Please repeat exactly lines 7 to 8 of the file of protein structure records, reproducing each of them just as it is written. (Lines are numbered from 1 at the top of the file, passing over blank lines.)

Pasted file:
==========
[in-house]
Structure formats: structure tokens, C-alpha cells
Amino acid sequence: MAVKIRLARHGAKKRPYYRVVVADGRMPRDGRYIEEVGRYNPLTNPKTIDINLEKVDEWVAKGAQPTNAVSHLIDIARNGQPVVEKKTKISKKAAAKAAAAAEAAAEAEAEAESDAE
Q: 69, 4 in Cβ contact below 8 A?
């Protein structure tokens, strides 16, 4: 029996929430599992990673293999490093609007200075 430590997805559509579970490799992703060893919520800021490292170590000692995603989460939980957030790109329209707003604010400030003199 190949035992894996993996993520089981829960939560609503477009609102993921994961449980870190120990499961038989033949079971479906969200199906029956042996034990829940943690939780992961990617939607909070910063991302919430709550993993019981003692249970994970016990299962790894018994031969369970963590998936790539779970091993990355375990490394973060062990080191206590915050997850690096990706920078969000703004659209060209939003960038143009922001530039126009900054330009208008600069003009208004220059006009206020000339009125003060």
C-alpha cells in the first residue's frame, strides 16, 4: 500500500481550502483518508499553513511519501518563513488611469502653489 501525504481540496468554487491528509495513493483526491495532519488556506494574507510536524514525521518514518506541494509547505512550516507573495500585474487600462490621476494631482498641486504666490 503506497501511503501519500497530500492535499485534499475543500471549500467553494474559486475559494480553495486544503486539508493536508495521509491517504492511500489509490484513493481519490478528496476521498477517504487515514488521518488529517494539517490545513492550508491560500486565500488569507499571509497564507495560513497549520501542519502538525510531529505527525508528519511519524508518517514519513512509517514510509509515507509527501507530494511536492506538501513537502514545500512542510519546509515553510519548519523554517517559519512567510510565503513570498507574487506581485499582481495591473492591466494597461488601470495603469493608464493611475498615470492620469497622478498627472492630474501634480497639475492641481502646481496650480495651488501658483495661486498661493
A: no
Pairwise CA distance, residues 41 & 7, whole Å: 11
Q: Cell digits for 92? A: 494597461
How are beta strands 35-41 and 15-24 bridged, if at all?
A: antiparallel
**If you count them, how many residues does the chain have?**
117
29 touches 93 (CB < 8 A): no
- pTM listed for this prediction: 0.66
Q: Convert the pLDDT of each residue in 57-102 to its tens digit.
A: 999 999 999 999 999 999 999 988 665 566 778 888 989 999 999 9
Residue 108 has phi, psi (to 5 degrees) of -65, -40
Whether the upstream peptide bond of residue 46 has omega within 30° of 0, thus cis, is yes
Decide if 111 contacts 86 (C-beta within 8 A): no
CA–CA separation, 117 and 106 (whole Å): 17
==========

A: no
Pairwise CA distance, residues 41 & 7, whole Å: 11